The BBC has been working on a new initiative to bring a pocket-sized computer to every 11 and 12 year old in the UK for about three years now, inspired from the corporation’s work on the BBC Micro in the 1980s, the computer is a 4cm by 5cm sized computer that aims to be the device kids will use to learn how to code.
The BBC think that by making the hardware part of this easily accessible they will get more involved with coding.
To do this they have fitted the micro:bit with a processor, compass, accelerometer, USB power port, a Bluetooth antenna, and five Input and Output rings that will allow kids to connect up to five crocodile clips to the board and to other devices, all of which has been purposely exposed to entice the children’s imagination.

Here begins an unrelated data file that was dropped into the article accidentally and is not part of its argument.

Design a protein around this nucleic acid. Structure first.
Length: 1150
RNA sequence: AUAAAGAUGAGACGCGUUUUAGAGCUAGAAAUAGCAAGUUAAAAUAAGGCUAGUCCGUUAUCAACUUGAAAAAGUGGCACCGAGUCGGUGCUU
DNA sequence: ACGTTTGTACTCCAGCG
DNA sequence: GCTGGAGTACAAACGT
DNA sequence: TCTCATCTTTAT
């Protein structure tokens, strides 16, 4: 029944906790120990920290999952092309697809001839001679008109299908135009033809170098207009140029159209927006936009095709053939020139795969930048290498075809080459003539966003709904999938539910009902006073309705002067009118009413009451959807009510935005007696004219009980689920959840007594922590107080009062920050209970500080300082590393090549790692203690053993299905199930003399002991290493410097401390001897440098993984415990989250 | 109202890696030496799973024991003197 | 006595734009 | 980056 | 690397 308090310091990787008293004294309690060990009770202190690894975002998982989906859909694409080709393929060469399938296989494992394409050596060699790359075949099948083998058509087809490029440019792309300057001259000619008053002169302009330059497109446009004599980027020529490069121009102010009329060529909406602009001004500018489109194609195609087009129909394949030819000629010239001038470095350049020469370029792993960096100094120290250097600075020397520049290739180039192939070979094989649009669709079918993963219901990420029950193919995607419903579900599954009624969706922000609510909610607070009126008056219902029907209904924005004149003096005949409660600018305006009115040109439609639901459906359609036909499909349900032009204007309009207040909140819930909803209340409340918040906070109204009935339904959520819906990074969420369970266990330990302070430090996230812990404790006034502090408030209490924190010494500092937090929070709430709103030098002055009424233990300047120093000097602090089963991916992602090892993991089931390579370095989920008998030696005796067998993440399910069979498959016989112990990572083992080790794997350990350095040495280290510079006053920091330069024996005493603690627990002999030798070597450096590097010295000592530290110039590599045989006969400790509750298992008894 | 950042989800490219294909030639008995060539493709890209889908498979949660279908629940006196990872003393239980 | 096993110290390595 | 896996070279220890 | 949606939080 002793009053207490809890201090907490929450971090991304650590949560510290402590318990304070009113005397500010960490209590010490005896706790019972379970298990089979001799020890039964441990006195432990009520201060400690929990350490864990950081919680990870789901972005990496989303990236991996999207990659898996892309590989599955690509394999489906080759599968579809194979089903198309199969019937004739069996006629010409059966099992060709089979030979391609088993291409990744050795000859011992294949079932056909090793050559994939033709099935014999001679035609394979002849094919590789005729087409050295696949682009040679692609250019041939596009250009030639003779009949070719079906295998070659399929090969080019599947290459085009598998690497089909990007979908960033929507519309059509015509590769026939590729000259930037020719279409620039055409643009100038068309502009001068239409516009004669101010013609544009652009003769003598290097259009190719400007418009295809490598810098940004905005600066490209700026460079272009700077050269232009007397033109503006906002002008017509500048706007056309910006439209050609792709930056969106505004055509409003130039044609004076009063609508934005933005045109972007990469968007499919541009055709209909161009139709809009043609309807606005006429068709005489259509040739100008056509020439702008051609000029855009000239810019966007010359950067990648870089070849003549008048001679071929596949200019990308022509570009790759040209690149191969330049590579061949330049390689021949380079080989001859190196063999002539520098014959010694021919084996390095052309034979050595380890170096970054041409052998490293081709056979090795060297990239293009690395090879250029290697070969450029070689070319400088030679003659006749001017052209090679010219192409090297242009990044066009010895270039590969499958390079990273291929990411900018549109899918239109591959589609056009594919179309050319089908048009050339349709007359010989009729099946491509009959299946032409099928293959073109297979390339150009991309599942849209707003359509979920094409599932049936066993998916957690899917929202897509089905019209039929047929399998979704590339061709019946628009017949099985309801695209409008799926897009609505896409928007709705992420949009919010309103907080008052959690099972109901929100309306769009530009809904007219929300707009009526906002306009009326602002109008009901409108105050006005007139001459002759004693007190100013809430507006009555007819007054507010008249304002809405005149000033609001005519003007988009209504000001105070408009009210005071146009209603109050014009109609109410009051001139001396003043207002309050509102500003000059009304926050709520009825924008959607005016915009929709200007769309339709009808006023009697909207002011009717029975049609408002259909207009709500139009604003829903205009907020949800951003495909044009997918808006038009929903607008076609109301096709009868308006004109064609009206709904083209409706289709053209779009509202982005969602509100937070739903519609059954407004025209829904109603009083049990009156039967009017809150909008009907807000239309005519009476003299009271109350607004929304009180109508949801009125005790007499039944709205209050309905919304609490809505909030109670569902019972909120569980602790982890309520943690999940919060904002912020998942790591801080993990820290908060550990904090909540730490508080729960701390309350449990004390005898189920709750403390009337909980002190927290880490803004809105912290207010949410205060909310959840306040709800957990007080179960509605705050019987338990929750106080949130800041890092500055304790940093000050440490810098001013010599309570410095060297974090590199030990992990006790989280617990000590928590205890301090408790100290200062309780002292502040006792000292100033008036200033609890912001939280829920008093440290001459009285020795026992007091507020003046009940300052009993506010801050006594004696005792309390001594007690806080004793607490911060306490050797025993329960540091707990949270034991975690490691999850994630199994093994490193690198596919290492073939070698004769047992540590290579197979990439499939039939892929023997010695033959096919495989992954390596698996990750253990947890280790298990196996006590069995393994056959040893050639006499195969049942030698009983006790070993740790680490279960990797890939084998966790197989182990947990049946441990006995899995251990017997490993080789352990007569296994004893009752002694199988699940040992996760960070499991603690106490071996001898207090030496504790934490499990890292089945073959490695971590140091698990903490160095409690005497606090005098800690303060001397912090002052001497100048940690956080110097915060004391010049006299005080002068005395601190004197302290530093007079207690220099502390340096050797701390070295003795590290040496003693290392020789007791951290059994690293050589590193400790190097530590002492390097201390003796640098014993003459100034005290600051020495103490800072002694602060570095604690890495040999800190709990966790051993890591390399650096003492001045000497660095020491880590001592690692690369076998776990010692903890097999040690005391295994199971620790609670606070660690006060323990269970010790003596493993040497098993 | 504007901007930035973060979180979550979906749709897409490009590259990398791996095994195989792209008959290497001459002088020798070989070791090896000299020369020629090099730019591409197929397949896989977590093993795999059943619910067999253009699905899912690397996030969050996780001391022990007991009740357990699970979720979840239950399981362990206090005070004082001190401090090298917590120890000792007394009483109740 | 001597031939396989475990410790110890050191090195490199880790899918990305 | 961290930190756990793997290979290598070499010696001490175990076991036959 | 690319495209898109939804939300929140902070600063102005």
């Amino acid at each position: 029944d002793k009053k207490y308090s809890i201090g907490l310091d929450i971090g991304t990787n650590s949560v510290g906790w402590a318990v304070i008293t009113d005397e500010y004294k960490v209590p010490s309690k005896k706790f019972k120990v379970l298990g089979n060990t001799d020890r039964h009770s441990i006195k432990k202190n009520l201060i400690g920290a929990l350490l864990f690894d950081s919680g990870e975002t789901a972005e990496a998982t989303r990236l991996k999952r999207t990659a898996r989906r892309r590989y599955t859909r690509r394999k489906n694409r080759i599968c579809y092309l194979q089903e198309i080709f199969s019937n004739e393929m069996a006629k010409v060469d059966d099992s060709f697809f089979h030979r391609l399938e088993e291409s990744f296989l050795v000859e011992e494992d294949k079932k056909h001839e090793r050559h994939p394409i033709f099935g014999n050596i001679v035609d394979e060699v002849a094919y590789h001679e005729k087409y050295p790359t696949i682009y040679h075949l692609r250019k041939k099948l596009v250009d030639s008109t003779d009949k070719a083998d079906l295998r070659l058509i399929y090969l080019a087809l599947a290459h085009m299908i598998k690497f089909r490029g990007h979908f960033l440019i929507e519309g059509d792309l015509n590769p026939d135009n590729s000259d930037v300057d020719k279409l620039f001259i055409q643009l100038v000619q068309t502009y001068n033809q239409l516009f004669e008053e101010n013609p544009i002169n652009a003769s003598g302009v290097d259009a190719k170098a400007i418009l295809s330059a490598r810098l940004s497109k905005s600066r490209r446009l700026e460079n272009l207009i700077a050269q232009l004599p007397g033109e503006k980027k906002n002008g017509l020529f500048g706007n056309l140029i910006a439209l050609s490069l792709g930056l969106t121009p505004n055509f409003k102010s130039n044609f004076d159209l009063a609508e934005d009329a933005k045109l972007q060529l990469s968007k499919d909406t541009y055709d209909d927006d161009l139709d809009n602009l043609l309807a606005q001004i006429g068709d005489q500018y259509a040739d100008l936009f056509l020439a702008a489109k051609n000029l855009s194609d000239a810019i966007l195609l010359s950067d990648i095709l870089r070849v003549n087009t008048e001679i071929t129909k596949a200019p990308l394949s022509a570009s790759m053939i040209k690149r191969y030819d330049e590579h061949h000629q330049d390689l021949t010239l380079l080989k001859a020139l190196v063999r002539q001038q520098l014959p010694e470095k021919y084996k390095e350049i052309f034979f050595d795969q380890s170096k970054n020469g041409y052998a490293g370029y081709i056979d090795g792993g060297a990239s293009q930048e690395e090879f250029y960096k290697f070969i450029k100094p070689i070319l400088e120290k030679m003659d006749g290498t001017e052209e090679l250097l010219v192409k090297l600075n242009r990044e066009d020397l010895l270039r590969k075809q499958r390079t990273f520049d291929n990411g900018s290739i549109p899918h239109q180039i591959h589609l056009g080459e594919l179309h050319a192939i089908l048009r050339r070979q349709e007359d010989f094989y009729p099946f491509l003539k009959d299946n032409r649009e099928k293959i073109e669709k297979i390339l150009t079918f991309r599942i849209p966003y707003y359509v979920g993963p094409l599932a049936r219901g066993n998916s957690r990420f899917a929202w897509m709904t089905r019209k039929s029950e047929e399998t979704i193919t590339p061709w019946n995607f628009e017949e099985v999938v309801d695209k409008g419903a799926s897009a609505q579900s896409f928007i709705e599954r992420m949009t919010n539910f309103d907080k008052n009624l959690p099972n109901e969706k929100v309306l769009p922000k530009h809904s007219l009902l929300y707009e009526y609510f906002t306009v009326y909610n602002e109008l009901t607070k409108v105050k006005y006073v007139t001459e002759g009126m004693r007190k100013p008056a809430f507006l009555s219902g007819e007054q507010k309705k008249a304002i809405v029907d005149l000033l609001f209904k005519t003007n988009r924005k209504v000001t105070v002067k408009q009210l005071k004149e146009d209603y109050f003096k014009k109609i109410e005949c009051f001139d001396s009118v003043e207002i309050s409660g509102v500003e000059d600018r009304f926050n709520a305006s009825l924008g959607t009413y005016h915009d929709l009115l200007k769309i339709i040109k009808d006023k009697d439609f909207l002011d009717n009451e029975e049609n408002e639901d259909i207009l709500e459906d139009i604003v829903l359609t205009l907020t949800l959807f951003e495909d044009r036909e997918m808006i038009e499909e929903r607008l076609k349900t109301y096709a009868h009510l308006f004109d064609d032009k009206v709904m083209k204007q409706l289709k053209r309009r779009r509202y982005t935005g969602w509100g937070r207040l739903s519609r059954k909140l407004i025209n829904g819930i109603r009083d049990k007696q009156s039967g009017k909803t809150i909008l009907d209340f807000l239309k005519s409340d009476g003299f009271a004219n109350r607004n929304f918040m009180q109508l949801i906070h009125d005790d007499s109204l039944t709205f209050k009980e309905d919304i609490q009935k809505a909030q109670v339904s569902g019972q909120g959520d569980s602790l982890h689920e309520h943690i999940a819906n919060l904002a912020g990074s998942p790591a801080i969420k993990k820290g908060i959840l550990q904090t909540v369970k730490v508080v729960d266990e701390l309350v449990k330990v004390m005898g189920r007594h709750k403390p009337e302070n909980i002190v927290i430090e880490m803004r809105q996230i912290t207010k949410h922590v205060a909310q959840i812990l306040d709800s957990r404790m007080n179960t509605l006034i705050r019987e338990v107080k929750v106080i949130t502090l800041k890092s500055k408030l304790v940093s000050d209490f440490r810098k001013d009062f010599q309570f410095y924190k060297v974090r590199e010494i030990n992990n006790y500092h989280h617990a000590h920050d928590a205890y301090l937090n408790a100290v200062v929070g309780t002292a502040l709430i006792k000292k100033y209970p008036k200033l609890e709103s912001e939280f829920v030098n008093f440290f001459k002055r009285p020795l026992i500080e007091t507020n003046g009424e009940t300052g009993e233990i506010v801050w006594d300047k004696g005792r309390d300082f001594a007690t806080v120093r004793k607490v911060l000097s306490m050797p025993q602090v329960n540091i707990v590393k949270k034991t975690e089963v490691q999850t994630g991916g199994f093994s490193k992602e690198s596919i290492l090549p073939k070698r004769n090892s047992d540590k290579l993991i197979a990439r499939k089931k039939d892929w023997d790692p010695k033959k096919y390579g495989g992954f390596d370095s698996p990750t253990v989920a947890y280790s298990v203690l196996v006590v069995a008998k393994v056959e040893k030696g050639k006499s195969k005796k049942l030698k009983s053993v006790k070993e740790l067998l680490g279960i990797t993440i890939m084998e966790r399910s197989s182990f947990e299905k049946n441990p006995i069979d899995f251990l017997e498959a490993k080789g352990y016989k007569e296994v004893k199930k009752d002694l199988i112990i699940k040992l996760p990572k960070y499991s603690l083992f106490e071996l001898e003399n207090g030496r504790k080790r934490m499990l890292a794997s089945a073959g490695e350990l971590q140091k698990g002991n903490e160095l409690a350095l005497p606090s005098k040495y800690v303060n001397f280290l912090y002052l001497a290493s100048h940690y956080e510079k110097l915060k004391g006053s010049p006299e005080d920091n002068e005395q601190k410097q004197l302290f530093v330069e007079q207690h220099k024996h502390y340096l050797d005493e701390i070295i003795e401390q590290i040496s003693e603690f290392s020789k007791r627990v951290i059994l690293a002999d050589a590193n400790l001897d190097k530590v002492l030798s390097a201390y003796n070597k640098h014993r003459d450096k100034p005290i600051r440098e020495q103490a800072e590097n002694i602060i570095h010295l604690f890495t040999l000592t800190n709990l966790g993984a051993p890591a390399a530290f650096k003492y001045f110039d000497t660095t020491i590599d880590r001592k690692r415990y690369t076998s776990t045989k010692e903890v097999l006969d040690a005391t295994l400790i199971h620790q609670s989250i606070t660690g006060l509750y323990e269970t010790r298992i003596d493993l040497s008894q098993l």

But that’s not all, micro:bit will also feature two buttons for interactivity and 25 LED lights that can provide feedback or display a message.
This is all thanks to the development by BBC Learning and the support from a total of 29 companies that include Samsung, ARM, Barclay’s and Microsoft.
Each of whom will be providing their own piece to the project with Microsoft giving all users a free copy of software that will allow them to simply drag and drop statements to create apps and code effortlessly.
Samsung is also working on developing an app for Android, with an iOS app coming along too.
Initially there will be 1 million BBC micro:bit computers made available, with units shipping to teachers in September, and then to pupils in October after which they will become the property of the kids rather than the schools.
The BBC will also be making some available to buy, however they have yet to provide a date or price, we do however know that the micro:bit technology will be open source.